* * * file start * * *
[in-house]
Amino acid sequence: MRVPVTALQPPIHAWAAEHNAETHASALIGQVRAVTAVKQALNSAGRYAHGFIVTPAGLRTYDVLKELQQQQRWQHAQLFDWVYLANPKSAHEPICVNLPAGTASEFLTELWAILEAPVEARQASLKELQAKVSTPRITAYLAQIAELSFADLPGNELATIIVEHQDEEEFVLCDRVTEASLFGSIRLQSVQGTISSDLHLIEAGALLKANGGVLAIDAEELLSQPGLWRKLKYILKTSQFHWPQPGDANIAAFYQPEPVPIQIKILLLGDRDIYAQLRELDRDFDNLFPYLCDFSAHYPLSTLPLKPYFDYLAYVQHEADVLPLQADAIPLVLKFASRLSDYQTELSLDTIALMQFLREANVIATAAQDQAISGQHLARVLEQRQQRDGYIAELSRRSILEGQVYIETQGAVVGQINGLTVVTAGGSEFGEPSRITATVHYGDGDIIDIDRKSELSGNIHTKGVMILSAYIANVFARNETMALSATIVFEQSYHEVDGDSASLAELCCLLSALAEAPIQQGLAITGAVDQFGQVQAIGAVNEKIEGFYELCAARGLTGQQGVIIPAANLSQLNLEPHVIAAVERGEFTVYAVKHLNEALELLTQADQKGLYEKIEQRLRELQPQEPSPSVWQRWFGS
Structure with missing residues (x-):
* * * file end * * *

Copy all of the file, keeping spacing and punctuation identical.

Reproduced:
[in-house]
Amino acid sequence: MRVPVTALQPPIHAWAAEHNAETHASALIGQVRAVTAVKQALNSAGRYAHGFIVTPAGLRTYDVLKELQQQQRWQHAQLFDWVYLANPKSAHEPICVNLPAGTASEFLTELWAILEAPVEARQASLKELQAKVSTPRITAYLAQIAELSFADLPGNELATIIVEHQDEEEFVLCDRVTEASLFGSIRLQSVQGTISSDLHLIEAGALLKANGGVLAIDAEELLSQPGLWRKLKYILKTSQFHWPQPGDANIAAFYQPEPVPIQIKILLLGDRDIYAQLRELDRDFDNLFPYLCDFSAHYPLSTLPLKPYFDYLAYVQHEADVLPLQADAIPLVLKFASRLSDYQTELSLDTIALMQFLREANVIATAAQDQAISGQHLARVLEQRQQRDGYIAELSRRSILEGQVYIETQGAVVGQINGLTVVTAGGSEFGEPSRITATVHYGDGDIIDIDRKSELSGNIHTKGVMILSAYIANVFARNETMALSATIVFEQSYHEVDGDSASLAELCCLLSALAEAPIQQGLAITGAVDQFGQVQAIGAVNEKIEGFYELCAARGLTGQQGVIIPAANLSQLNLEPHVIAAVERGEFTVYAVKHLNEALELLTQADQKGLYEKIEQRLRELQPQEPSPSVWQRWFGS
Structure with missing residues (x-):